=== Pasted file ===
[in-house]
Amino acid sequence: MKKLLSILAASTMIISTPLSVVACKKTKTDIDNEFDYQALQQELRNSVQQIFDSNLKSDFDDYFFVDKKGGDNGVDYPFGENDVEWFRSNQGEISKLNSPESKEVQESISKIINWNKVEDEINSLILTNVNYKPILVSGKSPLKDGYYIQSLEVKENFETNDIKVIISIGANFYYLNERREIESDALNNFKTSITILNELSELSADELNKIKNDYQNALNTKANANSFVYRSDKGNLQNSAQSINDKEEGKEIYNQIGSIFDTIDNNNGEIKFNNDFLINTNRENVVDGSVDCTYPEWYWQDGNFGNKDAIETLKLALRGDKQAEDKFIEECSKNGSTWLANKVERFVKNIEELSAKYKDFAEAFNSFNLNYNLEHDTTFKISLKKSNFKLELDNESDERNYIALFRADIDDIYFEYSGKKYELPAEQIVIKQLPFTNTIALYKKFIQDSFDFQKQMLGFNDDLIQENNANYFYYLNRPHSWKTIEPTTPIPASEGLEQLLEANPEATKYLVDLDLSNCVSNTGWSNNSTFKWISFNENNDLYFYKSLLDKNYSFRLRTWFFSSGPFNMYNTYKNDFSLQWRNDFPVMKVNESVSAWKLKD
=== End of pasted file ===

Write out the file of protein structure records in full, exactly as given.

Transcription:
[in-house]
Amino acid sequence: MKKLLSILAASTMIISTPLSVVACKKTKTDIDNEFDYQALQQELRNSVQQIFDSNLKSDFDDYFFVDKKGGDNGVDYPFGENDVEWFRSNQGEISKLNSPESKEVQESISKIINWNKVEDEINSLILTNVNYKPILVSGKSPLKDGYYIQSLEVKENFETNDIKVIISIGANFYYLNERREIESDALNNFKTSITILNELSELSADELNKIKNDYQNALNTKANANSFVYRSDKGNLQNSAQSINDKEEGKEIYNQIGSIFDTIDNNNGEIKFNNDFLINTNRENVVDGSVDCTYPEWYWQDGNFGNKDAIETLKLALRGDKQAEDKFIEECSKNGSTWLANKVERFVKNIEELSAKYKDFAEAFNSFNLNYNLEHDTTFKISLKKSNFKLELDNESDERNYIALFRADIDDIYFEYSGKKYELPAEQIVIKQLPFTNTIALYKKFIQDSFDFQKQMLGFNDDLIQENNANYFYYLNRPHSWKTIEPTTPIPASEGLEQLLEANPEATKYLVDLDLSNCVSNTGWSNNSTFKWISFNENNDLYFYKSLLDKNYSFRLRTWFFSSGPFNMYNTYKNDFSLQWRNDFPVMKVNESVSAWKLKD